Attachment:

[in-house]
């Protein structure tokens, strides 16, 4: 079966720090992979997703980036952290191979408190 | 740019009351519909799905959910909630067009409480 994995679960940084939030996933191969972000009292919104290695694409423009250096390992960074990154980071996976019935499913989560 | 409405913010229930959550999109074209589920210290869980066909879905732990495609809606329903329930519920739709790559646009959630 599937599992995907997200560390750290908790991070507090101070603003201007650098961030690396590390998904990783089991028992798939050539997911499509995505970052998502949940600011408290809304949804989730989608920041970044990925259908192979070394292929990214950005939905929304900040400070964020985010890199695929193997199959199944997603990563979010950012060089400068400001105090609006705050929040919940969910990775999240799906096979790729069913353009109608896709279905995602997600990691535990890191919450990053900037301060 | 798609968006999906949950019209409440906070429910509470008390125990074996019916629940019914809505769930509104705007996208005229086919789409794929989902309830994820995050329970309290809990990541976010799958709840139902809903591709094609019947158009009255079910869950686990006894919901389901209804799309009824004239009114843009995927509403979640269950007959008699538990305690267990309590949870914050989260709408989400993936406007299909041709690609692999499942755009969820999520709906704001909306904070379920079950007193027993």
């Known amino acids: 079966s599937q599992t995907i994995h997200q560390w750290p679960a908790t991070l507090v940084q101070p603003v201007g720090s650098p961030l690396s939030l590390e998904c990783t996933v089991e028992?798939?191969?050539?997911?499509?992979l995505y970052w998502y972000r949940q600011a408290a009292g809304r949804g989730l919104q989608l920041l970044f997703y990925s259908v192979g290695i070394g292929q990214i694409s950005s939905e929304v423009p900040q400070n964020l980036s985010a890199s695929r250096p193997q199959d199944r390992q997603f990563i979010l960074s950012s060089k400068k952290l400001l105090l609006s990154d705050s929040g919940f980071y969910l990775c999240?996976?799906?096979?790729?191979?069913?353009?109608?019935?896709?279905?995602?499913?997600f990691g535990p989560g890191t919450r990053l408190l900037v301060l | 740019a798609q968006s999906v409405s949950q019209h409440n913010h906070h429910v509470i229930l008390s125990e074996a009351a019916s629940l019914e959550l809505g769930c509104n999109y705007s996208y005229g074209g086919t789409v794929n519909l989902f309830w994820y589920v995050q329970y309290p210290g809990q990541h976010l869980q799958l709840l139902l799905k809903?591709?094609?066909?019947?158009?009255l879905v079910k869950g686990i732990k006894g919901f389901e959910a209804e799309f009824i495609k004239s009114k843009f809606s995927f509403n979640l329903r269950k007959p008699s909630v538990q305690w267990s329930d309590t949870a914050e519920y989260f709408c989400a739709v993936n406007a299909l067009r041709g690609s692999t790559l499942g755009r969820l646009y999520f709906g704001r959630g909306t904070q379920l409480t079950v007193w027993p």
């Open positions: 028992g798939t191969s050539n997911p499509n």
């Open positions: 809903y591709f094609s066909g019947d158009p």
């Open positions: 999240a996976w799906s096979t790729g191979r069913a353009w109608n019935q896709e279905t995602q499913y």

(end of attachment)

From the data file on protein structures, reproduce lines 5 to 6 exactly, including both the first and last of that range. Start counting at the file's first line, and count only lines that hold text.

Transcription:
């Open positions: 809903y591709f094609s066909g019947d158009p």
């Open positions: 999240a996976w799906s096979t790729g191979r069913a353009w109608n019935q896709e279905t995602q499913y």